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Feel the Rhythm-Minerals for Heart Health—Part 2

Cardiac muscle or heart muscle makes up the bulk of the heart's mass. It is one of the body's three muscle groups: skeletal, smooth and cardiac muscle. Cardiac muscle is an extremely specialized form of muscle that pumps blood throughout the body. Cardiac muscle is only found in the heart.
Proper heart rhythm is reliant on the adequate dietary intake of four minerals: calcium, magnesium, potassium and sodium. Calcium and magnesium work together to control muscle contraction. While magnesium plays a significant role in heart health, a large part of the population is deficient in magnesium, and would benefit from supplementation to support heart health.

Magnesium's Role in Heart Health

The heart has the highest magnesium requirement of any organ in the human body, especially the left ventricle. Magnesium is important for coordinating the activity of the cardiac muscles (myocytes). It has been shown that low magnesium increases one's risk for cardiac arrhythmias and heart palpitations. Magnesium deficiency can reduce the pump activity, resulting in a partial depolarization and changes in the activity of many potential-dependent membrane channels(1). Magnesium has been reported to increase the sinus node recovery time, atrioventricular node (AVN) conduction time during sinus rhythm, atrial paced cycle length, AV node refractory period and effective refractory period(2). This allows the heart to relax longer and allow for more effective refilling. Low magnesium levels have been seen to result in a variety of cardiac arrhythmias, such as atrial fibrillation and atrial flutter. Magnesium's electrophysiological actions have been shown to help prevent premature ventricular contractions.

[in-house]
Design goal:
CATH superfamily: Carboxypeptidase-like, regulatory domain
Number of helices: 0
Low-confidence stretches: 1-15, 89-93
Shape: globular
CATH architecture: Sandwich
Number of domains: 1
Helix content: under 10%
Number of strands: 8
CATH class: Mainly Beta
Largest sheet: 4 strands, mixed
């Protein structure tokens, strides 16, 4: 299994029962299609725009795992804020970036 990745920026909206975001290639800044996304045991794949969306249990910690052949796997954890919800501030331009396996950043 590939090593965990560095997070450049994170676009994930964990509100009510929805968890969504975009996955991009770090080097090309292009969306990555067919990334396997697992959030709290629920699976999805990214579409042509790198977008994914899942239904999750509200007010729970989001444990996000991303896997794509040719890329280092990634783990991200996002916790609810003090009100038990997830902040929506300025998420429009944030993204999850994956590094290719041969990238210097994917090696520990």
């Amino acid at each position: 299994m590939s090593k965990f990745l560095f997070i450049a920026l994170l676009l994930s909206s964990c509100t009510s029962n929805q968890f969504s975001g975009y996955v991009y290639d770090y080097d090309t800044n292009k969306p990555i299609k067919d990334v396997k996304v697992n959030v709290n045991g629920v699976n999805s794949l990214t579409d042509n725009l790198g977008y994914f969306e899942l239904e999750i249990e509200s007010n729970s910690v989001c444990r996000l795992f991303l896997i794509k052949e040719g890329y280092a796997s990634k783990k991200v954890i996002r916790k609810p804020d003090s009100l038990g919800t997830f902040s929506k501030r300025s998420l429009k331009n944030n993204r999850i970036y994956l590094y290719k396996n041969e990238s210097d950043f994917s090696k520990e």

Balchem's Albion minerals provide a highly bioavailable form of magnesium called Magnesium Bisglycinate Chelate. Supplementing the diet with Albion minerals can help to ensure that an adequate amount of magnesium is being absorbed and utilized by the body. Look for supplements containing this form of magnesium.


  1. ANGUS M., ANGUS Z. (2001). Cardiovascular actions of magnesium. Crit Care Clin, 53:299-307
  2. Cieslewicz A., et al. (2013). Journal of Elementology. 181, 317-327



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